Low Detection Limit of Polymer Crystallinity

Table of Contents

Introduction
Measurement and Results
Simultaneous SAXS and WAXS Measurements

Introduction

The crystallization kinetics of solid polymers affects their nanoscale structure and the degree of crystallinity, and in turn, plays a significant role in the specific mechanical and physical properties of the polymers.

While the crystallographic order can be identified from the characterization of the fine semi-crystalline state at short length scales, information about the morphology of the crystalline phase can be provided by analysis at long length scales.

In this article, a study using Wide Angle X-ray Scattering (WAXS) analysis to measure the crystalline fraction of an isotactic polypropylene (i-PP) as a function of temperature is described. The Xeuss 2.0 SAXS/WAXS system was combined with an integrated temperature control stage, the Linkam HFSX350, to establish the polyolefin crystallinity fraction during the kinetic experiment, down to the low detection limit of 0.3%.

Measurement and Results

The process made use of a pellet of i-PP sample encapsulated by thin aluminum foil, to prevent direct contact with air and develop good thermal contact. The i-PP sample was fixed and then mounted on the Linkam stage.

The WAXS configuration of the Xeuss 2.0 SAXS/WAXS system was used to measure the crystallization of i-PP in real time, by carrying out a quench from the full molten state at 148 °C. Repeated WAXS measurements were obtained after quenching at an exposure time of 200s.

Figure 1 depicts the WAXS measurements of the crystalline fraction as a function of the time elapsed after the quench, displaying the ability of the Xeuss 2.0 SAXS/WAXS system to carry out crystallization kinetics characterization. This article will help individuals obtain more information on the determination of polymer crystallinity using the Xeuss,. As seen in Figure 1, the low detection limit of the crystallinity level for this polymer system is 0.3%.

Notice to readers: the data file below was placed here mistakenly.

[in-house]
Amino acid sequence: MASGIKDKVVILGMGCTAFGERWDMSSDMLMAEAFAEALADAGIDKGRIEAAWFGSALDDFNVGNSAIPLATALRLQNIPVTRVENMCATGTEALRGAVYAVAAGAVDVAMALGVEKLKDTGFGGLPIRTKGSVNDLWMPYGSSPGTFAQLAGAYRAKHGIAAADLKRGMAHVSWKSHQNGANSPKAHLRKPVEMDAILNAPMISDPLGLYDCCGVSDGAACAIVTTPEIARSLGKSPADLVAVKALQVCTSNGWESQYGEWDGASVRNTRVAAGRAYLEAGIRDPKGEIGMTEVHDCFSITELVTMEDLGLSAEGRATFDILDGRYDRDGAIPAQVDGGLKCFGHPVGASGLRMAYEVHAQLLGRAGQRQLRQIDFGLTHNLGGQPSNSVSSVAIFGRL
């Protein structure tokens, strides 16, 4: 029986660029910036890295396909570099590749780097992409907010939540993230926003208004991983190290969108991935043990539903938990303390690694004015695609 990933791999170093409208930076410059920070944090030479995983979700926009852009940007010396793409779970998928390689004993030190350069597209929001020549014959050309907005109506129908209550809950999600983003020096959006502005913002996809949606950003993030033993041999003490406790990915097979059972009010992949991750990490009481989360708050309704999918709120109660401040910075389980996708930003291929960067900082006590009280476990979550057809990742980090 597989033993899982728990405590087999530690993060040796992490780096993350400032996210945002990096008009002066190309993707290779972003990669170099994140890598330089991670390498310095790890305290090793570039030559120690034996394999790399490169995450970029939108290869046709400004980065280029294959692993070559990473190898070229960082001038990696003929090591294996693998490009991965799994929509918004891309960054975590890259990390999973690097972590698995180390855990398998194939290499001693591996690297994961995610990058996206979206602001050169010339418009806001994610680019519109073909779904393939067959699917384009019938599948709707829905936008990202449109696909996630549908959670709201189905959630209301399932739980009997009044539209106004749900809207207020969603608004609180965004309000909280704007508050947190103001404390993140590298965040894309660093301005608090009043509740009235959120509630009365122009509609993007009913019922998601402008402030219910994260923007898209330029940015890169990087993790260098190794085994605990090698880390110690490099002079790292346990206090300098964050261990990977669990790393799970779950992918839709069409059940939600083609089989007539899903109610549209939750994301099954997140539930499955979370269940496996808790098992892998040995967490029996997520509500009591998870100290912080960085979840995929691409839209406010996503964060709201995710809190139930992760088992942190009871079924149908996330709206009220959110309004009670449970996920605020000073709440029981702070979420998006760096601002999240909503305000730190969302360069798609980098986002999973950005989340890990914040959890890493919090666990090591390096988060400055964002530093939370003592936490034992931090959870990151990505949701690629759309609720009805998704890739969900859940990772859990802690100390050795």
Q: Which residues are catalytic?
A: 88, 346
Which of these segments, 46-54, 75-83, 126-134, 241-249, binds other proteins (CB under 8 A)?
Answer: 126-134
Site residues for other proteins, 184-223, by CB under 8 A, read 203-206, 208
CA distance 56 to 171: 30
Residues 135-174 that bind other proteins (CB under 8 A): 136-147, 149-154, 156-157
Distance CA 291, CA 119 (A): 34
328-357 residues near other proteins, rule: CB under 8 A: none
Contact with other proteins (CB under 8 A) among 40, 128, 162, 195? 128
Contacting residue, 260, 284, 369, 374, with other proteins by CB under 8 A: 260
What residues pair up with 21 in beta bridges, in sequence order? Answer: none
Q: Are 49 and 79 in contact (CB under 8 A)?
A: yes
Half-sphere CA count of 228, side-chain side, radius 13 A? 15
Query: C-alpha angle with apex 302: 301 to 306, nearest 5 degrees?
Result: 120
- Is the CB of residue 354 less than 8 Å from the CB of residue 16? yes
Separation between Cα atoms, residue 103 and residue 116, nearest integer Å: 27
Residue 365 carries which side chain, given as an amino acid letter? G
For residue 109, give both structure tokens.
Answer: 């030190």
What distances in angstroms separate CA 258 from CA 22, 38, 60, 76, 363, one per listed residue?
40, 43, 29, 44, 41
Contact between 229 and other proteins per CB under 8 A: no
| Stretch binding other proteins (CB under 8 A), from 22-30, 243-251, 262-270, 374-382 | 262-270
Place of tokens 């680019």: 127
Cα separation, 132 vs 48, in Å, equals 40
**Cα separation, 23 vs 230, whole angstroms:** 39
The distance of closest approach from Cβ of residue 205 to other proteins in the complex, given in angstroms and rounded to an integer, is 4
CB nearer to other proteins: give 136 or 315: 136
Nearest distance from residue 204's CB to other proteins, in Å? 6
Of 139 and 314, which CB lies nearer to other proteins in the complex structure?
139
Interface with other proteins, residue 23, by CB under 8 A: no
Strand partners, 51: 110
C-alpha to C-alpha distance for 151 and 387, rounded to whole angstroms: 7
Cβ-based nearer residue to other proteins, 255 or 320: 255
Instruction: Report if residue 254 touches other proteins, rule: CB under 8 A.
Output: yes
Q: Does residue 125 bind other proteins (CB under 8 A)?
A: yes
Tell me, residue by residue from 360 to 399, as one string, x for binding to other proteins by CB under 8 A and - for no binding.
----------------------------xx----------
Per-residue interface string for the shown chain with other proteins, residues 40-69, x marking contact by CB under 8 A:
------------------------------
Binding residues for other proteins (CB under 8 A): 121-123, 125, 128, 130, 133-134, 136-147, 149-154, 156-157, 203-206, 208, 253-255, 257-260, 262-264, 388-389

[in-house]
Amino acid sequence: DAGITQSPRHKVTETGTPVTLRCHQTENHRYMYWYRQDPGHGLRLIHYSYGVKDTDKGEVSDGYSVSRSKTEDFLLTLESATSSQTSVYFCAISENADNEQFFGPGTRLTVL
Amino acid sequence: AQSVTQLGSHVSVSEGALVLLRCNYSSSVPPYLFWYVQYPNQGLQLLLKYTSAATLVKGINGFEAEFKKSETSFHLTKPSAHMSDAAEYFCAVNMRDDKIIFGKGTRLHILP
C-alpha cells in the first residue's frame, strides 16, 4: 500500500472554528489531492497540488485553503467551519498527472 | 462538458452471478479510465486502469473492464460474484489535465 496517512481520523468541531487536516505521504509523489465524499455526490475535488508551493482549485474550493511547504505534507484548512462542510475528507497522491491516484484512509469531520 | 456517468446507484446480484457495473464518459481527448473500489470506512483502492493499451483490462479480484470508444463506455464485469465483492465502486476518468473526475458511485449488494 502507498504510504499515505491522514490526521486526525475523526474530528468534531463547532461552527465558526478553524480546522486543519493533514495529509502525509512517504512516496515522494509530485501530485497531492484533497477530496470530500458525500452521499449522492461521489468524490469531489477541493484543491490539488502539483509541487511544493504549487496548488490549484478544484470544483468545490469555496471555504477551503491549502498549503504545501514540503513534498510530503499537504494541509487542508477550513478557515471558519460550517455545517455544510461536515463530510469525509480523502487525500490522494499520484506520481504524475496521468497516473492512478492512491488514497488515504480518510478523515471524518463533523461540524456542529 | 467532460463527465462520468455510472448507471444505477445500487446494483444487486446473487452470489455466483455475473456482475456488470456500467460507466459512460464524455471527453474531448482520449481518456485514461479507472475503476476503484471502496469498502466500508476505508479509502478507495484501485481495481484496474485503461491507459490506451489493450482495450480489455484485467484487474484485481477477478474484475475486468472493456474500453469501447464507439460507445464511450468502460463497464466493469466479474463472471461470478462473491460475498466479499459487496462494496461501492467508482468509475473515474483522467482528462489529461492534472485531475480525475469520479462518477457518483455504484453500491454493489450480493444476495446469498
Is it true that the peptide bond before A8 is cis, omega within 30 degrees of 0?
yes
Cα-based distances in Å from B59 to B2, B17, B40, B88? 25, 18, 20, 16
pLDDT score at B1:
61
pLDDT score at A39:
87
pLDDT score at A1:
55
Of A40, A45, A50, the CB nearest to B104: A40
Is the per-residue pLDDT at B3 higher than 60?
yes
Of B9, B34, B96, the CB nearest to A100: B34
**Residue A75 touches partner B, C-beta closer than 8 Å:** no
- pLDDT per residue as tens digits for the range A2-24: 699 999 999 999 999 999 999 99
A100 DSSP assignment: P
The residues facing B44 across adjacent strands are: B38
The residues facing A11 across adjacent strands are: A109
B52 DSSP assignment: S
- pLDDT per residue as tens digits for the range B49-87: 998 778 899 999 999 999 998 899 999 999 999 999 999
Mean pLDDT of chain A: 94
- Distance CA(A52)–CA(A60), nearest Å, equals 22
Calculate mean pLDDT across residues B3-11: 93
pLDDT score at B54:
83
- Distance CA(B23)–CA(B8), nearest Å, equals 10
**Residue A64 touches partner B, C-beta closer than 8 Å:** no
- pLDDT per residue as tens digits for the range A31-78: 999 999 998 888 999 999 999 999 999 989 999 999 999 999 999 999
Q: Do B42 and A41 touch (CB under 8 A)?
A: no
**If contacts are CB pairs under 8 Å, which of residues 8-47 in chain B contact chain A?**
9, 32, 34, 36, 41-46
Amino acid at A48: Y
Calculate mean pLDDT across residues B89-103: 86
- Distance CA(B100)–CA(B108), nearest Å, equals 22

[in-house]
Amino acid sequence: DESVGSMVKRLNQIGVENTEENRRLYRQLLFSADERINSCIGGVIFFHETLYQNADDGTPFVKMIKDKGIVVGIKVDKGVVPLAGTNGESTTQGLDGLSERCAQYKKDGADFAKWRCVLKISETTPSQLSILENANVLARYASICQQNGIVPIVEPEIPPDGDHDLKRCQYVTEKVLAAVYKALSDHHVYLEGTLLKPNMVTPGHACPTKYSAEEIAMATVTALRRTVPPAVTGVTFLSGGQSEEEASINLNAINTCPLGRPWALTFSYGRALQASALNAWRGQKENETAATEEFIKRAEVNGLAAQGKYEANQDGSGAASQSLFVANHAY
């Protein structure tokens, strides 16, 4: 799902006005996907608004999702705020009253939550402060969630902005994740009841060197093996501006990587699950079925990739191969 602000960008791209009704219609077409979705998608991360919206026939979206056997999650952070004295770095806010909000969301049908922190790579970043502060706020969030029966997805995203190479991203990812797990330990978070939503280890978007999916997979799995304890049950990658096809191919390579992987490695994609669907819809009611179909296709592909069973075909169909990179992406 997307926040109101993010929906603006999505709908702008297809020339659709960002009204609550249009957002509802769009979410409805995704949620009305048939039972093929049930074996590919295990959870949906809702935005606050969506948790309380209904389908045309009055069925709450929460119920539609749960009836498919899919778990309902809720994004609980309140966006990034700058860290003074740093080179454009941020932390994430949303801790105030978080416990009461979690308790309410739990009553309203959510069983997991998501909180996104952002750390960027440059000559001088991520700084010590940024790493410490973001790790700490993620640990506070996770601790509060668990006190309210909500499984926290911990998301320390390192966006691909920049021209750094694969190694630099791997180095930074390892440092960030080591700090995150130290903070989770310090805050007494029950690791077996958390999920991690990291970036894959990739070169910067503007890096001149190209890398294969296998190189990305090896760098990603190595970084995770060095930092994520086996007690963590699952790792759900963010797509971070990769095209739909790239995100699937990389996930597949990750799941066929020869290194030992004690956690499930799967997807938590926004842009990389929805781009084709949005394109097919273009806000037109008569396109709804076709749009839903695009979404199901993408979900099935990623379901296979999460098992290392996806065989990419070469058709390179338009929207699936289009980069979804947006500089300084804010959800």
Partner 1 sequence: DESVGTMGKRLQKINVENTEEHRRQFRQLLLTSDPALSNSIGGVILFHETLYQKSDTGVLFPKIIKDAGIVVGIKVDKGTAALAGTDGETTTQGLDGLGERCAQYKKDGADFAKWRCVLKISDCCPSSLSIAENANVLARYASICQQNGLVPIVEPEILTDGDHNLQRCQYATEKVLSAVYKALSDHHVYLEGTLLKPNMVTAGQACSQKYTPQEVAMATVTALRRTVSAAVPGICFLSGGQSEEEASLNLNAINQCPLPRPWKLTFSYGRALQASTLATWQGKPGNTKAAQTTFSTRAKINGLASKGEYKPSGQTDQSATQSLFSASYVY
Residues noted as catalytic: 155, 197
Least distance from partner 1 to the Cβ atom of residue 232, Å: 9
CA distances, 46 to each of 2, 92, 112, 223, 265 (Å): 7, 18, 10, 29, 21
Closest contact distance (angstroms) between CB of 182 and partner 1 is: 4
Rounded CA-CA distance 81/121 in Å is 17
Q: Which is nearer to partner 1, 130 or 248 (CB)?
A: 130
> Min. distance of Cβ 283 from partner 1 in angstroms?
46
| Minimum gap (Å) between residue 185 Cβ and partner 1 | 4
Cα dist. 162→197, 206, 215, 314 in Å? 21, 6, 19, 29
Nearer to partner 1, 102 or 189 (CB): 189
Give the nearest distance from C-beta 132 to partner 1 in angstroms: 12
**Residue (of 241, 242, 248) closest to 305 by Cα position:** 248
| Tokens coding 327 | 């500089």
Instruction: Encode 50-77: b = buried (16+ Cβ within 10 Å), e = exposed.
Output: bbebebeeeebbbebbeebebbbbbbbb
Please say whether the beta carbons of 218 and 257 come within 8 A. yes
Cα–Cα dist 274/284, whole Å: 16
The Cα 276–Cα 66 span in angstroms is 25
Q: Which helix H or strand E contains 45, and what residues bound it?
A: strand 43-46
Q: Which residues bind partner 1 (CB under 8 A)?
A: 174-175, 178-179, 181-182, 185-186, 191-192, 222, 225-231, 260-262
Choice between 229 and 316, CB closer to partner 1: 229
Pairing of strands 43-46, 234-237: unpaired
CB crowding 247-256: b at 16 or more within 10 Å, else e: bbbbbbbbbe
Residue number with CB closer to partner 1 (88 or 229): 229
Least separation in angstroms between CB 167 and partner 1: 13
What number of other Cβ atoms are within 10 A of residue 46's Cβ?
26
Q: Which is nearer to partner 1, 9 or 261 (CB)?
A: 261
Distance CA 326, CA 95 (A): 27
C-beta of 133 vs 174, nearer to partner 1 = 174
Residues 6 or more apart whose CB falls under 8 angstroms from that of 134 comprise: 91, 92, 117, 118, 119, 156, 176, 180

Evolution of the crystalline fraction as a function of time.

Figure 1. Evolution of the crystalline fraction as a function of time. Exposure time = 200s per point.

Simultaneous SAXS and WAXS Measurements

To obtain further insight into the underlying mechanisms taking place during the process of crystallization, it is useful to examine the material on a larger scale using WAXS, simultaneously with SAXS measurements of the nanostructure. These simultaneous SAXS/WAXS measurements, which have been performed earlier at synchrotron facilities1, can now be executed by employing the Xeuss 2.0 SAXS/WAXS system.

References

  1. Panine et al, Polymer, 2008, 49, 676-680.

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